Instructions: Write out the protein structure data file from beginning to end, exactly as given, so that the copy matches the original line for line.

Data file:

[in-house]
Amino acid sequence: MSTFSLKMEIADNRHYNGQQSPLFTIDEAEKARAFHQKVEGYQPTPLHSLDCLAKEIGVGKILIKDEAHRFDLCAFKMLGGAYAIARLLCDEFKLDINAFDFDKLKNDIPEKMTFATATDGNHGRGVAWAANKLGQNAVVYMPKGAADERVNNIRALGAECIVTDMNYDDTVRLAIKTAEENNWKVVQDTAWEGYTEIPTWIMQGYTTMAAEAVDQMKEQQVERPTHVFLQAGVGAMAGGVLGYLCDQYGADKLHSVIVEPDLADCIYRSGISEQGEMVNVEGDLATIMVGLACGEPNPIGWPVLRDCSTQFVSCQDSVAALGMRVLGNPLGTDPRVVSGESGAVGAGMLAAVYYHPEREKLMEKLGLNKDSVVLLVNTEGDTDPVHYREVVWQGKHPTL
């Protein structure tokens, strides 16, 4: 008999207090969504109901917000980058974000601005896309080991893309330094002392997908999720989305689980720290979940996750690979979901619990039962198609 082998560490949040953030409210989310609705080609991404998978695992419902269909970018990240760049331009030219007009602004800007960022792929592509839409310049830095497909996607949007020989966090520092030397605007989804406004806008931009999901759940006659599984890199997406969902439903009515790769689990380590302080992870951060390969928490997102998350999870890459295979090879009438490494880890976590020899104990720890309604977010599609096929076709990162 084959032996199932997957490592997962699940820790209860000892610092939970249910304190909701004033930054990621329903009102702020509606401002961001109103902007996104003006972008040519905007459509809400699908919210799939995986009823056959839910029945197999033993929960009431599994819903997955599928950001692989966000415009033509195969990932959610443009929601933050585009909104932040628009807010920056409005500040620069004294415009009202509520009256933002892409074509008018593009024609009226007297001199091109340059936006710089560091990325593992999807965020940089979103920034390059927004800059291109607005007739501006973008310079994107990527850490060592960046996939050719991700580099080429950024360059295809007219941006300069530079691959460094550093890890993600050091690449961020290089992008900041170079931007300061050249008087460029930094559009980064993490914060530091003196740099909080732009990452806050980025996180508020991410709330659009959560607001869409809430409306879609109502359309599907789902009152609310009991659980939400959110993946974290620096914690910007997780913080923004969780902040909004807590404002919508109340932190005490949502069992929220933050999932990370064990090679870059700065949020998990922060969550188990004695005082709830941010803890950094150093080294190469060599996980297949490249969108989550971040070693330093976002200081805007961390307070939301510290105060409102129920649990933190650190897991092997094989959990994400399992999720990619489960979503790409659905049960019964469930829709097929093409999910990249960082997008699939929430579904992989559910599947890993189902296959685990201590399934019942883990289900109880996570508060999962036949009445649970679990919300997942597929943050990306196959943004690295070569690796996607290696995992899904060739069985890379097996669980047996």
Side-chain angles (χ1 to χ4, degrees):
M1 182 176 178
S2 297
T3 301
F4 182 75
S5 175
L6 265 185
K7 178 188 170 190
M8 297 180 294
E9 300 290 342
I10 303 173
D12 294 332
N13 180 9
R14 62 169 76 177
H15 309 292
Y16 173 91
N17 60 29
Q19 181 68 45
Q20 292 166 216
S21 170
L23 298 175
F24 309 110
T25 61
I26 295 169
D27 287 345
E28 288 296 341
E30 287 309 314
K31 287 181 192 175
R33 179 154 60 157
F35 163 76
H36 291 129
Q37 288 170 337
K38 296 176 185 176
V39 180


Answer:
[in-house]
Amino acid sequence: MSTFSLKMEIADNRHYNGQQSPLFTIDEAEKARAFHQKVEGYQPTPLHSLDCLAKEIGVGKILIKDEAHRFDLCAFKMLGGAYAIARLLCDEFKLDINAFDFDKLKNDIPEKMTFATATDGNHGRGVAWAANKLGQNAVVYMPKGAADERVNNIRALGAECIVTDMNYDDTVRLAIKTAEENNWKVVQDTAWEGYTEIPTWIMQGYTTMAAEAVDQMKEQQVERPTHVFLQAGVGAMAGGVLGYLCDQYGADKLHSVIVEPDLADCIYRSGISEQGEMVNVEGDLATIMVGLACGEPNPIGWPVLRDCSTQFVSCQDSVAALGMRVLGNPLGTDPRVVSGESGAVGAGMLAAVYYHPEREKLMEKLGLNKDSVVLLVNTEGDTDPVHYREVVWQGKHPTL
């Protein structure tokens, strides 16, 4: 008999207090969504109901917000980058974000601005896309080991893309330094002392997908999720989305689980720290979940996750690979979901619990039962198609 082998560490949040953030409210989310609705080609991404998978695992419902269909970018990240760049331009030219007009602004800007960022792929592509839409310049830095497909996607949007020989966090520092030397605007989804406004806008931009999901759940006659599984890199997406969902439903009515790769689990380590302080992870951060390969928490997102998350999870890459295979090879009438490494880890976590020899104990720890309604977010599609096929076709990162 084959032996199932997957490592997962699940820790209860000892610092939970249910304190909701004033930054990621329903009102702020509606401002961001109103902007996104003006972008040519905007459509809400699908919210799939995986009823056959839910029945197999033993929960009431599994819903997955599928950001692989966000415009033509195969990932959610443009929601933050585009909104932040628009807010920056409005500040620069004294415009009202509520009256933002892409074509008018593009024609009226007297001199091109340059936006710089560091990325593992999807965020940089979103920034390059927004800059291109607005007739501006973008310079994107990527850490060592960046996939050719991700580099080429950024360059295809007219941006300069530079691959460094550093890890993600050091690449961020290089992008900041170079931007300061050249008087460029930094559009980064993490914060530091003196740099909080732009990452806050980025996180508020991410709330659009959560607001869409809430409306879609109502359309599907789902009152609310009991659980939400959110993946974290620096914690910007997780913080923004969780902040909004807590404002919508109340932190005490949502069992929220933050999932990370064990090679870059700065949020998990922060969550188990004695005082709830941010803890950094150093080294190469060599996980297949490249969108989550971040070693330093976002200081805007961390307070939301510290105060409102129920649990933190650190897991092997094989959990994400399992999720990619489960979503790409659905049960019964469930829709097929093409999910990249960082997008699939929430579904992989559910599947890993189902296959685990201590399934019942883990289900109880996570508060999962036949009445649970679990919300997942597929943050990306196959943004690295070569690796996607290696995992899904060739069985890379097996669980047996």
Side-chain angles (χ1 to χ4, degrees):
M1 182 176 178
S2 297
T3 301
F4 182 75
S5 175
L6 265 185
K7 178 188 170 190
M8 297 180 294
E9 300 290 342
I10 303 173
D12 294 332
N13 180 9
R14 62 169 76 177
H15 309 292
Y16 173 91
N17 60 29
Q19 181 68 45
Q20 292 166 216
S21 170
L23 298 175
F24 309 110
T25 61
I26 295 169
D27 287 345
E28 288 296 341
E30 287 309 314
K31 287 181 192 175
R33 179 154 60 157
F35 163 76
H36 291 129
Q37 288 170 337
K38 296 176 185 176
V39 180